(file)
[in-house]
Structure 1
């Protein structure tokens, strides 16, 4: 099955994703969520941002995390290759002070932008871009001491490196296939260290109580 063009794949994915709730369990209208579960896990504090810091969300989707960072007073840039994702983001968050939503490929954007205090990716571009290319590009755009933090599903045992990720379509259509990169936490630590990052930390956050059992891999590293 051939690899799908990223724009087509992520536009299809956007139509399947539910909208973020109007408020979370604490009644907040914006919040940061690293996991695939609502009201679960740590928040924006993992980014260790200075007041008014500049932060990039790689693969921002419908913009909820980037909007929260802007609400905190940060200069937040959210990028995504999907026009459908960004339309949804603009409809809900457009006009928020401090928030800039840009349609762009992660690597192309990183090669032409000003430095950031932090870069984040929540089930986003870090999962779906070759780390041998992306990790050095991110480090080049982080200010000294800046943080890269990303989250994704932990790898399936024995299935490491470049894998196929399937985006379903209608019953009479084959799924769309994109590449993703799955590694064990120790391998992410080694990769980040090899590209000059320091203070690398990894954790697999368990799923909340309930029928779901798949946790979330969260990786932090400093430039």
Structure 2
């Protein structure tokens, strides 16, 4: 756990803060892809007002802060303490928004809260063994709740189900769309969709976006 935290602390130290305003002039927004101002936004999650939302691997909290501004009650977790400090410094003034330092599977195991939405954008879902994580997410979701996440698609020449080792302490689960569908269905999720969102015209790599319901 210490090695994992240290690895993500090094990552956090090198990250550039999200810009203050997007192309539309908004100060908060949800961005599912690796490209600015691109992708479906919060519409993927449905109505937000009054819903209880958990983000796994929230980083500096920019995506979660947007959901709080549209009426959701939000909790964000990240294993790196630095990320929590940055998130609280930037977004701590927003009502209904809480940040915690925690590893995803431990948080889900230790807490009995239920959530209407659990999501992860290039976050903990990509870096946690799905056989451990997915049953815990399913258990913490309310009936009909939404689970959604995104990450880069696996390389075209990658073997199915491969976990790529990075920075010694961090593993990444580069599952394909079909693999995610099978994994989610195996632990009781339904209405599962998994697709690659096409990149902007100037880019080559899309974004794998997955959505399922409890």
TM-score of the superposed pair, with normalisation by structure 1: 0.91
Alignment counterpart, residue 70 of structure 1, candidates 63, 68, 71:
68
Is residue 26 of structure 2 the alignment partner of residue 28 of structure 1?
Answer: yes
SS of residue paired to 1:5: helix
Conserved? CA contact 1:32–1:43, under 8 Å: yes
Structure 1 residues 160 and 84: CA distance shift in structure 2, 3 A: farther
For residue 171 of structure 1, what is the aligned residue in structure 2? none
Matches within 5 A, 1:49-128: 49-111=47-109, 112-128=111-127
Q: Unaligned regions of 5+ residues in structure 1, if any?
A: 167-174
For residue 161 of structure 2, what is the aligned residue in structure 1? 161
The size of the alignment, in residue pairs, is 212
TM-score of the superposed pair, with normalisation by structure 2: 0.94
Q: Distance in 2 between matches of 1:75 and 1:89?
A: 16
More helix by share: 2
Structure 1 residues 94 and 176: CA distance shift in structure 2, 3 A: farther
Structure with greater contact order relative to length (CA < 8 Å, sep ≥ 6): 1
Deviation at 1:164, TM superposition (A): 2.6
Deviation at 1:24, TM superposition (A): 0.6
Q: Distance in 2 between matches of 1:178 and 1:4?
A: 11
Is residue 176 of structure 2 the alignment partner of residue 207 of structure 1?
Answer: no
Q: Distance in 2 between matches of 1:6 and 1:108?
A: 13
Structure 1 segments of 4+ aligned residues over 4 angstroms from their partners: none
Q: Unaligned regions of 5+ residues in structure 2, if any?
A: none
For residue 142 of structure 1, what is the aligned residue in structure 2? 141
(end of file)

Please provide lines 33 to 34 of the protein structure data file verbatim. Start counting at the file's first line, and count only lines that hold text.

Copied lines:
A: 13
Structure 1 segments of 4+ aligned residues over 4 angstroms from their partners: none